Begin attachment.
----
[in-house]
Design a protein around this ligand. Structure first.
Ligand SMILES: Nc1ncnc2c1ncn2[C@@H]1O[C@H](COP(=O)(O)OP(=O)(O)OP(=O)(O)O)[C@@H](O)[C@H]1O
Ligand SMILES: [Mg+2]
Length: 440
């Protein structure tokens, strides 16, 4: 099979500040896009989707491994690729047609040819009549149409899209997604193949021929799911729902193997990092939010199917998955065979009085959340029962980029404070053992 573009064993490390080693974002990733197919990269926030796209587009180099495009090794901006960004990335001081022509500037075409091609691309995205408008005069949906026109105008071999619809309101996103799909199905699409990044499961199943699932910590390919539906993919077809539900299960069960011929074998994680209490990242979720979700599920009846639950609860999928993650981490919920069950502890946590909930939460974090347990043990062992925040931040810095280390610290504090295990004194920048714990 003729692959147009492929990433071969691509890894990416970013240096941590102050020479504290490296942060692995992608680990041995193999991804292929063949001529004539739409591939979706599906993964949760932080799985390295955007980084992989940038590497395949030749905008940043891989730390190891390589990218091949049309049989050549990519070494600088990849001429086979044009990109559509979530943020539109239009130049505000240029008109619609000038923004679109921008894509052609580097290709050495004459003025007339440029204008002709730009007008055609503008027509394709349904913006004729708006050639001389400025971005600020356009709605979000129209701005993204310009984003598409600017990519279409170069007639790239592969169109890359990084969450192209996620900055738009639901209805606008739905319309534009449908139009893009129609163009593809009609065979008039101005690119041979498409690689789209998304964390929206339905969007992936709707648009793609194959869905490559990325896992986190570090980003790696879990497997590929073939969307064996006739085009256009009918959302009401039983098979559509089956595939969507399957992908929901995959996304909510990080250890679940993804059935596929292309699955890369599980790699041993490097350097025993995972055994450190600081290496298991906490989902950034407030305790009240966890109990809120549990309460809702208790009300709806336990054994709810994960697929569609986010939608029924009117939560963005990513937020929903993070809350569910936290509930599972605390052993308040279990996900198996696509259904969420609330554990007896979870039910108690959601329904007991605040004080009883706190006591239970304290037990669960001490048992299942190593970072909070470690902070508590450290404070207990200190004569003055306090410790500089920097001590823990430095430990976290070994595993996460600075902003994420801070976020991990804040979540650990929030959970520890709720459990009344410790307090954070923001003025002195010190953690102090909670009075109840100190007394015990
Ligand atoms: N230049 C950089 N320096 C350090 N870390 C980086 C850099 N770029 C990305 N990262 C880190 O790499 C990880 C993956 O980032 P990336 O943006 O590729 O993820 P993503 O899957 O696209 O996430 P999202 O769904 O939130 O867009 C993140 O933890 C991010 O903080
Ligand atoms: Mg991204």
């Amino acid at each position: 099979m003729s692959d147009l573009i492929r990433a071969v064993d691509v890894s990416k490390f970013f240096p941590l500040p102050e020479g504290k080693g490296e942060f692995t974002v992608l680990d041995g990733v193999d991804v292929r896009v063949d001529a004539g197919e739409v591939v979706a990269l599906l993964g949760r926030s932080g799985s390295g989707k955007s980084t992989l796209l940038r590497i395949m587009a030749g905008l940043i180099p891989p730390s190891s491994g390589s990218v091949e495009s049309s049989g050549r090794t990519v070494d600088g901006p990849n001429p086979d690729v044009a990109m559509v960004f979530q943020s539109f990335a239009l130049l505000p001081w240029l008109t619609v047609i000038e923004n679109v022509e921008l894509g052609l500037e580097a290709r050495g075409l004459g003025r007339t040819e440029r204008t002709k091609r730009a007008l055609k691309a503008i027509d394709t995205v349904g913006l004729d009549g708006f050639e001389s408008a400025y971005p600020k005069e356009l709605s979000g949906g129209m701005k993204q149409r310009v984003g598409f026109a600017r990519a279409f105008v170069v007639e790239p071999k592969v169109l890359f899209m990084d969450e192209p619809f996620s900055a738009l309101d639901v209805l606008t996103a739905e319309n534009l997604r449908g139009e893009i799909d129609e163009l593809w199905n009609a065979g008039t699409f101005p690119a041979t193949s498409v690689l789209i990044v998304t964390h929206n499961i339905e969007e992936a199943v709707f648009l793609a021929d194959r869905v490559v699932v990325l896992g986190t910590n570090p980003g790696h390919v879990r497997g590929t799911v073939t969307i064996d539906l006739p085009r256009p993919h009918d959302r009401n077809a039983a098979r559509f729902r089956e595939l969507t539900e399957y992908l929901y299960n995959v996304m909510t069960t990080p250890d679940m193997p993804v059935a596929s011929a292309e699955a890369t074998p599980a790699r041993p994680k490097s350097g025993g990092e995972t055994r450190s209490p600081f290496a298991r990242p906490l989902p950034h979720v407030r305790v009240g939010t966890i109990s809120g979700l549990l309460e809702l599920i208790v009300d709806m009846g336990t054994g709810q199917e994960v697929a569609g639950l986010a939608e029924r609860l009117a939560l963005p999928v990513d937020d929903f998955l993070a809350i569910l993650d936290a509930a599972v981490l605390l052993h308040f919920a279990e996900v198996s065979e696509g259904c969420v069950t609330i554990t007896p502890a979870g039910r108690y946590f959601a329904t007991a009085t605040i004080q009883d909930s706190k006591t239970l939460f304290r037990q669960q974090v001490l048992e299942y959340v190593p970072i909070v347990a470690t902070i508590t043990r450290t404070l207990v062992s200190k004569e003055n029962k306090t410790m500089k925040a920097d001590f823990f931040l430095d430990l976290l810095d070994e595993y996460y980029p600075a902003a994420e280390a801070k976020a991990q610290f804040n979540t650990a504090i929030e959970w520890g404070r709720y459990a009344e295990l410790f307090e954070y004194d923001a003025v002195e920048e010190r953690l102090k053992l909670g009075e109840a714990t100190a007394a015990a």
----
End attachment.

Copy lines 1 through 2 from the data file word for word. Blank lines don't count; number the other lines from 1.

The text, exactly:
[in-house]
Design a protein around this ligand. Structure first.